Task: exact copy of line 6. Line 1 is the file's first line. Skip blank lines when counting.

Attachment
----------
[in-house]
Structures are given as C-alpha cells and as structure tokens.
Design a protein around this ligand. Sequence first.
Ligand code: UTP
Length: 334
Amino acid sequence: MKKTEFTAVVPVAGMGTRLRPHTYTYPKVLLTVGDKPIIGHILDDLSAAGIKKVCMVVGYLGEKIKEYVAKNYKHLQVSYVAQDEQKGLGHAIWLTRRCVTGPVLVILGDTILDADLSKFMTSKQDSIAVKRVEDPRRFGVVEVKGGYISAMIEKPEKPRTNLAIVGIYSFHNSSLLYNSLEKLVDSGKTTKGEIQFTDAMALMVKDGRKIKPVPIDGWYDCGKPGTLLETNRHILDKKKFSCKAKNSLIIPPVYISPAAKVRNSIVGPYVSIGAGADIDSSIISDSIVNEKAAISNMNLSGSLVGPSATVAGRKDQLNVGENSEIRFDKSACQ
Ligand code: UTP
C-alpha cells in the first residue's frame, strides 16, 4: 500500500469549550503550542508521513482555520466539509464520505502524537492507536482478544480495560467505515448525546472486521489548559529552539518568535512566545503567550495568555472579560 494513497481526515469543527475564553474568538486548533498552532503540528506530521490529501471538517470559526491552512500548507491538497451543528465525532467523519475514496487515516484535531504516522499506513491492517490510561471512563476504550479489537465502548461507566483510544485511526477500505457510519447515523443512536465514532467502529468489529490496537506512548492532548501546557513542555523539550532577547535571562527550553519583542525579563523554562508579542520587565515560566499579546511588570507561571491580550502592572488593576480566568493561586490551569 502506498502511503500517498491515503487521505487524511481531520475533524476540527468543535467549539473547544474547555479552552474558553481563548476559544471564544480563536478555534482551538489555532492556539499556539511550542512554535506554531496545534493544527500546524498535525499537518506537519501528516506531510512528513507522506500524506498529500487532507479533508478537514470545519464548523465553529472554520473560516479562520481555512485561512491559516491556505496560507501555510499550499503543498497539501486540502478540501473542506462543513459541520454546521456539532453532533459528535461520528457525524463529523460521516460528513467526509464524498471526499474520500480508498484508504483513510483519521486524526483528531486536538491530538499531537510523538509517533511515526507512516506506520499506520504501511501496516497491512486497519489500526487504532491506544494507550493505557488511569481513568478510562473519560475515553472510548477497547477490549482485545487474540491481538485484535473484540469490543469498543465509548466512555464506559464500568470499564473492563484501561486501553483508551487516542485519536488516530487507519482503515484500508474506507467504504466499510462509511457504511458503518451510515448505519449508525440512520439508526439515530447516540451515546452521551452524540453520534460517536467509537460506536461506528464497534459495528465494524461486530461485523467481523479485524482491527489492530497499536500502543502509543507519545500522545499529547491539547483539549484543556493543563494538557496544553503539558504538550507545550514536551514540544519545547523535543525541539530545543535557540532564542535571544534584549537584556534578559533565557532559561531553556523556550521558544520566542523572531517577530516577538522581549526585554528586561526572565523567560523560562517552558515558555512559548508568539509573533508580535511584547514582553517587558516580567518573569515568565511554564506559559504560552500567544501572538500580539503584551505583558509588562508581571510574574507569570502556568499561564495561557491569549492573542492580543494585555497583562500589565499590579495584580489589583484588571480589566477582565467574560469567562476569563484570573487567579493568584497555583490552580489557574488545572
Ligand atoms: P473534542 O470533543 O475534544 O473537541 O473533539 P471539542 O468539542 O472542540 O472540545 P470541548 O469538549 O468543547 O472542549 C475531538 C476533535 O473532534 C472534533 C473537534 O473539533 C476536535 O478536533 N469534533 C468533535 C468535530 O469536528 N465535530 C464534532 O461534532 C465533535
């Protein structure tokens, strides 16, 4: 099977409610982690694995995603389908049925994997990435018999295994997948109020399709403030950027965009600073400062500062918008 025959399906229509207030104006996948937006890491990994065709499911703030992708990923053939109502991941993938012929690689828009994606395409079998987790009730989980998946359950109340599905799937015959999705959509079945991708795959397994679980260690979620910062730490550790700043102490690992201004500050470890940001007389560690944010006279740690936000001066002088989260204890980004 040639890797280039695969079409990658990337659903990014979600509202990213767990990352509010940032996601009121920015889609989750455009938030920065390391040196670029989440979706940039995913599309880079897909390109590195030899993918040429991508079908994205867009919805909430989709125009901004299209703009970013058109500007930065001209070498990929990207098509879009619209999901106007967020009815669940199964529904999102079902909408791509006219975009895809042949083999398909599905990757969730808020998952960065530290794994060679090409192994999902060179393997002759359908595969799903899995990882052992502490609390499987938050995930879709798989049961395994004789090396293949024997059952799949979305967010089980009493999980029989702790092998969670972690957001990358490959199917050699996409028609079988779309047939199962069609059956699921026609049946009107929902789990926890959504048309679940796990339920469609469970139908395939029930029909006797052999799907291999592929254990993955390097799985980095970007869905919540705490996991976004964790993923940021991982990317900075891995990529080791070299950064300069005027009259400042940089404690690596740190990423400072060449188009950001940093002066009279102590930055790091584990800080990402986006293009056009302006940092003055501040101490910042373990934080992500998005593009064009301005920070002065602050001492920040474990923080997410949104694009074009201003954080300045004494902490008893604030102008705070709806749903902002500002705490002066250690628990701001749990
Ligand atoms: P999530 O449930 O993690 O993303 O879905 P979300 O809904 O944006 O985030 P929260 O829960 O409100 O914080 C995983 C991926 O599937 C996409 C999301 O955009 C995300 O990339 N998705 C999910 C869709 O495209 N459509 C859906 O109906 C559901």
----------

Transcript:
Amino acid sequence: MKKTEFTAVVPVAGMGTRLRPHTYTYPKVLLTVGDKPIIGHILDDLSAAGIKKVCMVVGYLGEKIKEYVAKNYKHLQVSYVAQDEQKGLGHAIWLTRRCVTGPVLVILGDTILDADLSKFMTSKQDSIAVKRVEDPRRFGVVEVKGGYISAMIEKPEKPRTNLAIVGIYSFHNSSLLYNSLEKLVDSGKTTKGEIQFTDAMALMVKDGRKIKPVPIDGWYDCGKPGTLLETNRHILDKKKFSCKAKNSLIIPPVYISPAAKVRNSIVGPYVSIGAGADIDSSIISDSIVNEKAAISNMNLSGSLVGPSATVAGRKDQLNVGENSEIRFDKSACQ